How to break recombinant bacteria: Does it matter?

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Recombinant proteins and other materials of industrial interest produced in Escherichia coli are usually retained within the bacterial cell, in the cytoplasmic space, where they have been produced. Different protocols for cell disruption have been implemented as an initial downstream step, which keeps the biological and mechanical properties of the process products. Being necessarily mild, these approaches often result in 95-99% cell disruption, what is more than acceptable from the yield point of view. However, when the bacterial product are nano or microparticulate entities that tend to co-sediment with entire bacterial cells, the remaining undisrupted bacteria appear as abounding contaminants, making the product not suitable for a spectrum of biomedical applications. Since bacterial inclusion bodies are now seen as bacterial materials valuable in different fields, we have developed an alternative cell disruption protocol that permits obtaining fully bacterial free protein particles, keeping the conformational status of the embedded proteins and the mechanical properties of the full aggregates. © 2011 Landes Bioscience.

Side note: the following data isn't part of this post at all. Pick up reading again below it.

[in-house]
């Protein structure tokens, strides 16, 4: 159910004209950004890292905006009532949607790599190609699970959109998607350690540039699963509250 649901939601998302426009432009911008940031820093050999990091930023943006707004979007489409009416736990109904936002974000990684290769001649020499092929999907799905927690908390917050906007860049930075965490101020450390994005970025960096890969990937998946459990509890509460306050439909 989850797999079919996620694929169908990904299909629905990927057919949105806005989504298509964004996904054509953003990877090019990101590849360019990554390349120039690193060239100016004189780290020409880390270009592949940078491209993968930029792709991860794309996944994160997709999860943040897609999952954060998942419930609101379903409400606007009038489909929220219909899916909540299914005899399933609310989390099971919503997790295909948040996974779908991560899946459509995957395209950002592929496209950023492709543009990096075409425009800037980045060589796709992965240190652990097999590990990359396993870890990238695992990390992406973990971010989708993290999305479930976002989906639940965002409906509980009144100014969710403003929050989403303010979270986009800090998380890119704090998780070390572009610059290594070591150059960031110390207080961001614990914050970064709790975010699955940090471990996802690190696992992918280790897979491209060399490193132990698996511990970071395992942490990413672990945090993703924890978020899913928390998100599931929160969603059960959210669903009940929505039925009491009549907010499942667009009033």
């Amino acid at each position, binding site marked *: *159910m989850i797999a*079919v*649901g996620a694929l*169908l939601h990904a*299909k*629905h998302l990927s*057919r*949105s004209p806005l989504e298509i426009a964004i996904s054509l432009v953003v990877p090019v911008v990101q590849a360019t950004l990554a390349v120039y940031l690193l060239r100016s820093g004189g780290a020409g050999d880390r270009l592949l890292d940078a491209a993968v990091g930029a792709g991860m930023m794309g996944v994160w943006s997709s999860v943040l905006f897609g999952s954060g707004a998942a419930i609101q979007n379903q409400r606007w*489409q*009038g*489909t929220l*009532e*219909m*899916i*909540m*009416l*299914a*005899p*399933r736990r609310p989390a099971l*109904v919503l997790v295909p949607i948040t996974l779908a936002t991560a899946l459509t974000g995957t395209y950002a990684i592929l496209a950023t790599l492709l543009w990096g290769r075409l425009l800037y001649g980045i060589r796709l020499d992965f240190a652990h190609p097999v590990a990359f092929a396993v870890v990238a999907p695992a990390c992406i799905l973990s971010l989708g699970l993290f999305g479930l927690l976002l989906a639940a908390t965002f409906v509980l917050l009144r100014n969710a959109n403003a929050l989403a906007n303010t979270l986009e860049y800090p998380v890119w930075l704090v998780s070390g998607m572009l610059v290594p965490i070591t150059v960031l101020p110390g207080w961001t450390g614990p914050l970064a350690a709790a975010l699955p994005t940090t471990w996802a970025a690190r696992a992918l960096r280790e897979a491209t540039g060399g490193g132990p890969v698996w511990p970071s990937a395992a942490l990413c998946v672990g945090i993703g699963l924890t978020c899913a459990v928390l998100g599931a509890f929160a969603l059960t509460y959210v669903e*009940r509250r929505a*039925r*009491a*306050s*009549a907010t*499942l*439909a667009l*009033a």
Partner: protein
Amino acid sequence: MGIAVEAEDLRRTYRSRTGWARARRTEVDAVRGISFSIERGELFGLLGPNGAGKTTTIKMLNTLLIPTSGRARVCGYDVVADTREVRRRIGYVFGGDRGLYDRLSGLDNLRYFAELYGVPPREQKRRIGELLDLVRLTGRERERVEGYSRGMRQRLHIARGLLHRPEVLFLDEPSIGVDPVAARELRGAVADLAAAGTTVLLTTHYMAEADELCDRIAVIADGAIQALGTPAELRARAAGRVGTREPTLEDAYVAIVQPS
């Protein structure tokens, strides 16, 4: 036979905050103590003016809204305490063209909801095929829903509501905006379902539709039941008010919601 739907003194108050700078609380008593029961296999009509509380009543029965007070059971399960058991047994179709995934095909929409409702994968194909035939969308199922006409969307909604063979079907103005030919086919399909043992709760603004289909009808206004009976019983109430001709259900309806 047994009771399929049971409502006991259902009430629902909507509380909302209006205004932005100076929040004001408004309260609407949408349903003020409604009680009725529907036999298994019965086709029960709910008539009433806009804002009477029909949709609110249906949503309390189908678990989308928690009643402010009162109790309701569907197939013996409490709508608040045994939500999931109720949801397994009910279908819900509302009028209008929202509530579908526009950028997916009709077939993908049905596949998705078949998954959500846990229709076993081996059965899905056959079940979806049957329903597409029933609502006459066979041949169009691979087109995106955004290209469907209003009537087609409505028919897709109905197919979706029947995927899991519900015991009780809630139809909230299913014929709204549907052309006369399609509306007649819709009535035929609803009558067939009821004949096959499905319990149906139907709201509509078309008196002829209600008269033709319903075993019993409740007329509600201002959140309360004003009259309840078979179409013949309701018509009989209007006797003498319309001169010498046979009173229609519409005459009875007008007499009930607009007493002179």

Original languageEnglish
JournalBioengineered Bugs
Issue number4
Publication statusPublished - 1 Jan 2011


  • Bacterial cytoplasm
  • Biomaterials
  • Cell disruption
  • Downstream step
  • Isolation protocol
  • Recombinant products


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